I believe that being more gentle and easy with our internal ebbs and flows is what provides us the perfect environment and space to actually heal and flourish. It’s kind of like providing a child with the love, patience, wisdom, care and space he or she needs to thrive and grow into the best version of themselves. You don’t punish a child for falling down when they are learning how to walk. You don’t ignore them or run away in fear either. You understand that they are just calibrating their balancing muscles and are learning as they go. Growing as a human being is also a process of learning as we go; a natural one. You don’t grow a flower by pulling on it. You simply give it sunlight and water and let it flourish at its own space. You can’t control your own or anyone else’s growth, you can only support it.
Would you rather have a controlling or a supporting friend? A controlling or a supporting parent? If you’re like me, you probably resonate with the latter. So let’s go ahead and be what we seek. 🙂
“There are more than enough voices in this world that will weigh you down by telling you that you are “not enough” of something or other… Don’t let yours be one of them.” – Kosta Stoyanoff
These Old Grain Silos Were Converted into A Unique Farmhouse
(TMU) – After 30 years, John and Judi Stuart decided to put the fast pace and bright lights of Las Vegas behind them. Searching for a change in pace, they bought 82 acres of farmland in Yamhill County, Willamette Valley, Oregon. Complete with a ranch house and three storage silos, the Stuarts had several ideas of what to do with the charming property and finally settled on one idea, turning Abbey Road Farm into a bed and breakfast – and that’s exactly what they did.
Instead of starting from scratch, they used what was already on the farm, in this case it was three grain silos, and transformed them into several guest bedrooms and an event center, with amazing results!
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John spent his childhood in the countryside of England and other parts of Europe, and life was simple. When the couple visited Oregon, John realized that was where he wanted to live for the rest of his life.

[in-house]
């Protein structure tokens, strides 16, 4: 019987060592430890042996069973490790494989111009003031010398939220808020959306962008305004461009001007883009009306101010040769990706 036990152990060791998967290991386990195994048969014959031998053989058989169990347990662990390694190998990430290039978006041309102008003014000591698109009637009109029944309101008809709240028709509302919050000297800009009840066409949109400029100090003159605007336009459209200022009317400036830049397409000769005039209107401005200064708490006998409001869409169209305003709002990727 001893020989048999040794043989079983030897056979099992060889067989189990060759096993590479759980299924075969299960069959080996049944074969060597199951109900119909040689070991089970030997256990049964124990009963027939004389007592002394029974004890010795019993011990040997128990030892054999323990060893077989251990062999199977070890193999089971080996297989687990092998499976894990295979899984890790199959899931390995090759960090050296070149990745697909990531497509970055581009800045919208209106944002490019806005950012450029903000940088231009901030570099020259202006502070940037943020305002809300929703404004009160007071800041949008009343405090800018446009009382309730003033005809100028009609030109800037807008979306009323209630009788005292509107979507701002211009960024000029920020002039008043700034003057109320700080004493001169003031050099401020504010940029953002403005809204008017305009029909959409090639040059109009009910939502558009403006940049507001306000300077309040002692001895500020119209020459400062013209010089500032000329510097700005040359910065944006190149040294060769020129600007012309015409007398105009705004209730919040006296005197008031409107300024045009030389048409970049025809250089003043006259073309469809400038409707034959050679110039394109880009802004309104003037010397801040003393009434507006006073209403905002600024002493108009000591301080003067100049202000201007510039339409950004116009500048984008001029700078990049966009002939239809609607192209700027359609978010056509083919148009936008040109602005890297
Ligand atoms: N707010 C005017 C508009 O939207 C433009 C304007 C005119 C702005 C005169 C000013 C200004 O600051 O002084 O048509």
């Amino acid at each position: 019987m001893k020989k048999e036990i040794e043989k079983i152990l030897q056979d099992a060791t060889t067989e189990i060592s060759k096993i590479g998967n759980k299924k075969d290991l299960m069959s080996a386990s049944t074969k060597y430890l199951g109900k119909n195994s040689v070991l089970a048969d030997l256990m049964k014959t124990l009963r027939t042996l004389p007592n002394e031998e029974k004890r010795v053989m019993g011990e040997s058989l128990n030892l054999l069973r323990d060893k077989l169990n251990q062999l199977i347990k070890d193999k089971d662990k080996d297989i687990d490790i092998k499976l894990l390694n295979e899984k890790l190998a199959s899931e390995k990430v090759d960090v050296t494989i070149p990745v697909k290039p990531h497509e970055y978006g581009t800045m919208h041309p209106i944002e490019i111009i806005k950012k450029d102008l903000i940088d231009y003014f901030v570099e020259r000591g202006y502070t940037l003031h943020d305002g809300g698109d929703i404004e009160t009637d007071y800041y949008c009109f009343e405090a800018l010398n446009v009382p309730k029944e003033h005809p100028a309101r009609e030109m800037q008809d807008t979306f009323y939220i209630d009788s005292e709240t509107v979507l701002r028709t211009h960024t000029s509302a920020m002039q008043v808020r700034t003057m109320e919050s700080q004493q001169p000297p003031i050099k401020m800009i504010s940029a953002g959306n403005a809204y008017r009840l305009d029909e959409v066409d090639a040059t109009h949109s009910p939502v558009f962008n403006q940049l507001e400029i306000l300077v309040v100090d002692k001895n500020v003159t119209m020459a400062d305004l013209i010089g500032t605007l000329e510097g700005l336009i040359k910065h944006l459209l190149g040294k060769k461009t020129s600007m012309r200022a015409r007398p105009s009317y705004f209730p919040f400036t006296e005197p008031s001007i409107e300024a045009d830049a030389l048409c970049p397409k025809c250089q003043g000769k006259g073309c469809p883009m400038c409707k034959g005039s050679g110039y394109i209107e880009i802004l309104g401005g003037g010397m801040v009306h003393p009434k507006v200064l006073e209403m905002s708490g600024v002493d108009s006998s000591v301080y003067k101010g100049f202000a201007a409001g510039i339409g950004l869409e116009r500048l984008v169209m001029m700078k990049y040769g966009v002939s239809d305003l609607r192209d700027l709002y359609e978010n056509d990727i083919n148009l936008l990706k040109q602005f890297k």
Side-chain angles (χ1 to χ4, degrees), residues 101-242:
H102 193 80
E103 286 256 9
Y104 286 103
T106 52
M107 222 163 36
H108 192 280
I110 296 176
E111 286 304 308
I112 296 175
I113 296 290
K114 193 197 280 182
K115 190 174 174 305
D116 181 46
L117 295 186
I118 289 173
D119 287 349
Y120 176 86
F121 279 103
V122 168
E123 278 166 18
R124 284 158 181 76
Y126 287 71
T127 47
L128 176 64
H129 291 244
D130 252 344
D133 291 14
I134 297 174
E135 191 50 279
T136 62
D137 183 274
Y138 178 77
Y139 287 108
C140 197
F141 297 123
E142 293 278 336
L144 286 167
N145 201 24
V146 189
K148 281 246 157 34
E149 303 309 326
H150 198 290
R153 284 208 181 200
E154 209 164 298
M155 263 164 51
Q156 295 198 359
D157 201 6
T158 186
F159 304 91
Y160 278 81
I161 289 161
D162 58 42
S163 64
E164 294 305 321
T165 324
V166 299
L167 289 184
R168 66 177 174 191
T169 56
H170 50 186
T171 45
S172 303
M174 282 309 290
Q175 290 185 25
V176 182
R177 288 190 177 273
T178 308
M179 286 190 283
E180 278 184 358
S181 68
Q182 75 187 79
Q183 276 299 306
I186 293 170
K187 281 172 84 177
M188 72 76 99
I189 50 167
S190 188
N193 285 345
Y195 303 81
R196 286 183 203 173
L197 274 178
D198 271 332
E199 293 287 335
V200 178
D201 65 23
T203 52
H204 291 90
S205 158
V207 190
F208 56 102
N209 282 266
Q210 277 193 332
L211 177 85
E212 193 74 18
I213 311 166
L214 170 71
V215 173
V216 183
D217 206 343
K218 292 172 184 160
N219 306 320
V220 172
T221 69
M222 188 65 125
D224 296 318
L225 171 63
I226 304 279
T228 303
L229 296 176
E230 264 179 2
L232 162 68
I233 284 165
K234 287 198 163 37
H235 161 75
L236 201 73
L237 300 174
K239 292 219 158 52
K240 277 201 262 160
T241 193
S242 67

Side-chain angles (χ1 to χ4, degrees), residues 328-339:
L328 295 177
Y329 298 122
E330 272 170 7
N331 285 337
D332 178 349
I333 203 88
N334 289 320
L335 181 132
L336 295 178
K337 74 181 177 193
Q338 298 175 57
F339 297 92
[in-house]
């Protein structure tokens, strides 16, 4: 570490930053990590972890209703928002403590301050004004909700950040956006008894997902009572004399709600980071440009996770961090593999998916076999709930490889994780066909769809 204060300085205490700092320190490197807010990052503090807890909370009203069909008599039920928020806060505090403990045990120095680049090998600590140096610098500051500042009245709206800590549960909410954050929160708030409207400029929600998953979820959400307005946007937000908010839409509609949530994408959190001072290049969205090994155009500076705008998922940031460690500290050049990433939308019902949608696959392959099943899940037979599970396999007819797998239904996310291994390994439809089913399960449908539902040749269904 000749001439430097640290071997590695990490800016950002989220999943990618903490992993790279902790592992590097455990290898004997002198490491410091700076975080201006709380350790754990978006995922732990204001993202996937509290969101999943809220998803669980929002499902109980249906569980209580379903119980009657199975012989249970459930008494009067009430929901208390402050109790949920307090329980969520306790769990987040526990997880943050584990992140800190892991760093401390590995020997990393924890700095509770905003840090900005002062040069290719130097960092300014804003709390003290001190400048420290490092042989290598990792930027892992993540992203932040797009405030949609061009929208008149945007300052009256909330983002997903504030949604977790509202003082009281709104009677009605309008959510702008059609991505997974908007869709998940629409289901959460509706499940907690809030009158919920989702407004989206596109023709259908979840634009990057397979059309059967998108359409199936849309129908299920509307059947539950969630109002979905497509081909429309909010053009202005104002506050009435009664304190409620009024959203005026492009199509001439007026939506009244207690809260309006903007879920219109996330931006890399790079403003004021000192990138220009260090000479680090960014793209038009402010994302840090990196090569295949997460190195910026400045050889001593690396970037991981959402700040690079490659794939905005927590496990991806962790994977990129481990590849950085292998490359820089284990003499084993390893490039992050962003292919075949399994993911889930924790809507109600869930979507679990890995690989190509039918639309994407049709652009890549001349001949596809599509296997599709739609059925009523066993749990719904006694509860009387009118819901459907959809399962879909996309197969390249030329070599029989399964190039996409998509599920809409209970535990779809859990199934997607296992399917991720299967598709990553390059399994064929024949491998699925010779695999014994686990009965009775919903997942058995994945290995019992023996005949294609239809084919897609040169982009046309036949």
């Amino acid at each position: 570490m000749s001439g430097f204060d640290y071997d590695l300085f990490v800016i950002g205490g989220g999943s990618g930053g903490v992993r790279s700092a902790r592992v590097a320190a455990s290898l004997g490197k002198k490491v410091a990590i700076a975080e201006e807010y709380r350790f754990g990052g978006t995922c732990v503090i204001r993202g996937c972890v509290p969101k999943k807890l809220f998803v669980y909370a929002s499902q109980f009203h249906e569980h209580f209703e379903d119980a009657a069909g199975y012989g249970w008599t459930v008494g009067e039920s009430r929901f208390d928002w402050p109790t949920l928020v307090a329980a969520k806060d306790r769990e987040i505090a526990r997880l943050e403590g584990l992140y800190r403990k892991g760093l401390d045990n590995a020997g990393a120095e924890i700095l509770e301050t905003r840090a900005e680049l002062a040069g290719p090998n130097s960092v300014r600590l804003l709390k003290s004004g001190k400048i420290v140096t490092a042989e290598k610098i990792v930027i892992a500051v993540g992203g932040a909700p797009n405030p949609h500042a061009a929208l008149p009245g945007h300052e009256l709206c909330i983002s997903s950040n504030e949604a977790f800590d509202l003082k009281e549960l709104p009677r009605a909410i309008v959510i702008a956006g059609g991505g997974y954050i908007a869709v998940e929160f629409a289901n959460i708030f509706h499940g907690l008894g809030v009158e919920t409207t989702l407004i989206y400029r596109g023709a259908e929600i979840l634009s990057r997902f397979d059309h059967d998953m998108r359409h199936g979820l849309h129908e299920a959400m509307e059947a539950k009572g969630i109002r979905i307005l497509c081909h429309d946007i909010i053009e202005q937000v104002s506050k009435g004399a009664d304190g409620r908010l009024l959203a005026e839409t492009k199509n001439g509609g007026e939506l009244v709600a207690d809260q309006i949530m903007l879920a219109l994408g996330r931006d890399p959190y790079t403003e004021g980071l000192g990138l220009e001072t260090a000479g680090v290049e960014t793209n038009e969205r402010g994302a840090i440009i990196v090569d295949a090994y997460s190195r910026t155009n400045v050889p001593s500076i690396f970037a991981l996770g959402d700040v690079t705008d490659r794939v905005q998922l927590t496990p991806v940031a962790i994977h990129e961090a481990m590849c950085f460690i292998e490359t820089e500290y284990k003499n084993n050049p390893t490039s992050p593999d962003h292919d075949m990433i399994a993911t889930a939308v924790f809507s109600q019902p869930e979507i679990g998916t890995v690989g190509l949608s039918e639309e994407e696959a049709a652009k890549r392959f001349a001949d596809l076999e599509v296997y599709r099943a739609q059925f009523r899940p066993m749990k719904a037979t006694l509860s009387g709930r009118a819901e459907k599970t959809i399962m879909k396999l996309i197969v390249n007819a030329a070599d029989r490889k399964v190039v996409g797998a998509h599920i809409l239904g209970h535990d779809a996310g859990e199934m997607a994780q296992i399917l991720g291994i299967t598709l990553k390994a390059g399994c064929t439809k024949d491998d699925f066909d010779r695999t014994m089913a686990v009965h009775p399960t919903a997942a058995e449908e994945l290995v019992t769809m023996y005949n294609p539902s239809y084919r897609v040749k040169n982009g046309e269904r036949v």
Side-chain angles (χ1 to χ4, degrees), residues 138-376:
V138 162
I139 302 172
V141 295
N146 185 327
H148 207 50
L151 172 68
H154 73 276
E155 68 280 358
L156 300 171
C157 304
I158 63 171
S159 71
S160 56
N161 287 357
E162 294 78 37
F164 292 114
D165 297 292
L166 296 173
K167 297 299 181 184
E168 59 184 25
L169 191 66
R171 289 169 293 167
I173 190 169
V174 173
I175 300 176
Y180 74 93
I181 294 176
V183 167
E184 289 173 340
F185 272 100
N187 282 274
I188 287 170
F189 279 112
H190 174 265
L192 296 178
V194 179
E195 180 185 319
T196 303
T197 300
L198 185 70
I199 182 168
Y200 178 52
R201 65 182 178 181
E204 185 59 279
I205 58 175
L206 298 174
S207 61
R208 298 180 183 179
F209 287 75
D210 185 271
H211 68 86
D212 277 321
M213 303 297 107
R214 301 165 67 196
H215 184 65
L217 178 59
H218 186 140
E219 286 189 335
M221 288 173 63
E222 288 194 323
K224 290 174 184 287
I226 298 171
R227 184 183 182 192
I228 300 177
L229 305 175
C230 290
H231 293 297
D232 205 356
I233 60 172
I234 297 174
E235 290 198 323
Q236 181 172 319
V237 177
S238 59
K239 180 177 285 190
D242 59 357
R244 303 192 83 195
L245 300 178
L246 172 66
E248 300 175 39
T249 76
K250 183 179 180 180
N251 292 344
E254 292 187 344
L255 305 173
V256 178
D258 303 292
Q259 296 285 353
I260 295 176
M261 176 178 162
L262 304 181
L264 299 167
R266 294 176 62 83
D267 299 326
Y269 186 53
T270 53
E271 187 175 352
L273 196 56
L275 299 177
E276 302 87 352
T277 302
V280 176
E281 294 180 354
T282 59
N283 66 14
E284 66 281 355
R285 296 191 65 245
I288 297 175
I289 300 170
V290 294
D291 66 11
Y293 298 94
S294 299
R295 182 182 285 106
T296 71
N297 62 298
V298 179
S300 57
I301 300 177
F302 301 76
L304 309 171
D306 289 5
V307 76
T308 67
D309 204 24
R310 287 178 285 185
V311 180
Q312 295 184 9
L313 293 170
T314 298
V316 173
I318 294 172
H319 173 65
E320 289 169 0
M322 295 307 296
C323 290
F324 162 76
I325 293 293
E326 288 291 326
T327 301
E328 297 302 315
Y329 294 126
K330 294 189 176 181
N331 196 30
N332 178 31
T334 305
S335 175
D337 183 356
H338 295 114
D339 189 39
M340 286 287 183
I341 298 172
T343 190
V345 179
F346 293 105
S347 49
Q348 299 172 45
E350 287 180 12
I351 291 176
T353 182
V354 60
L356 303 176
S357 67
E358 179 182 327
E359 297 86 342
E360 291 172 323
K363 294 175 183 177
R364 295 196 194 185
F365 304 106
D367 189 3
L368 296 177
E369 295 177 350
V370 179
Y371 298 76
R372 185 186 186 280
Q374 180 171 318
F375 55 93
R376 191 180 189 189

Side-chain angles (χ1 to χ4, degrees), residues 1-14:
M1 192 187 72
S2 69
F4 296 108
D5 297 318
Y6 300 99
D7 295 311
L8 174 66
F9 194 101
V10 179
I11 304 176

Abbey Road Farm felt right to the Stuarts, as if it was waiting for them, and they sealed the deal on the property in March 2003. That was the easy part, the next step was to get the business licenses and necessary permits in place.
The farm already had viable land for crops, and had two acres of orchids and Queen-Ann cherries and there was already a charming ranch house, with three round grain-storage silos behind the house.
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First, they started renovating and overhauling the ranch house, now, it’s part of the Bed & Breakfast and doubles as an events center, with the renovation of the silos next.
Turns out Yamhill County, where they live, did not allow silo conversions into living spaces, but John was not about to give up on their plan and worked tirelessly with the planning committee to seeking solutions on what was possible to do, which ultimately led to him securing approval for the silo conversions.
B is for the Silo Suites B&B! Three grain silos house 5 gorgeous suites that can be rented year round. The perfect…
Although the silos kept their outer metallic covering, the interiors are furnished with a modern Victorian style and offer every modern convenience a traditional B&B has. The central silo has a living room downstairs and a guest room upstairs while the two outer silos each have a guest bedroom on each floor.
The Silo Suites lobby offers the perfect hang out/gathering place! Complete with a coffee and water station, mini…
Did you know…each of the 5 suites in our Silo Suites Bed & Breakfast has it’s own bathroom? Complete with a jacuzzi tub, separate shower, heated floors and towel rack! Come stay with us!
The outer space of the ranch house and the lower floor has been converted into a luxurious events center, with more guest rooms added upstairs, and finally, the water treatment building was converted to a shed for their farmyard materials and equipment.
The Abbey Road Farm bed and breakfast immediately became a landmark in Yamhill County and opened tourism opportunities in the community. Guest typically spend a week or more at the B&B enjoying the fresh air, long walks, beautiful views and the Oregon wines.
The Stuarts has also cultivated fescue grass seed on 60 acres of the farmland. Willamette Valley is globally popular for the production of grass seed and they also produce their own goat milk, cheese and other products from a small herd of goats on the farm.
Good news: The Abbey Road Farm tasting room was opened on the 15th of May under strict COVID-19 protocols. Please click the link to check dates, times and current regulations before visiting!
Dad’s Honest Review of His Daughter’s ‘Restaurant’ Goes Viral
(TMU) – Supporting the businesses in your community is the right thing to do, which is exactly what dad Chris Kyle recently did. Chris decided to have lunch at a new establishment, very new and very nearby. Right in his own home in fact, at Ava’s Kitchen!
Chris’ daughter Ava, owner and cook, was delighted to welcome a customer and showed him to the best table in the house, decorated with balloons and with a full view of the kitchen, from where he could watch his meal being prepared by Ava.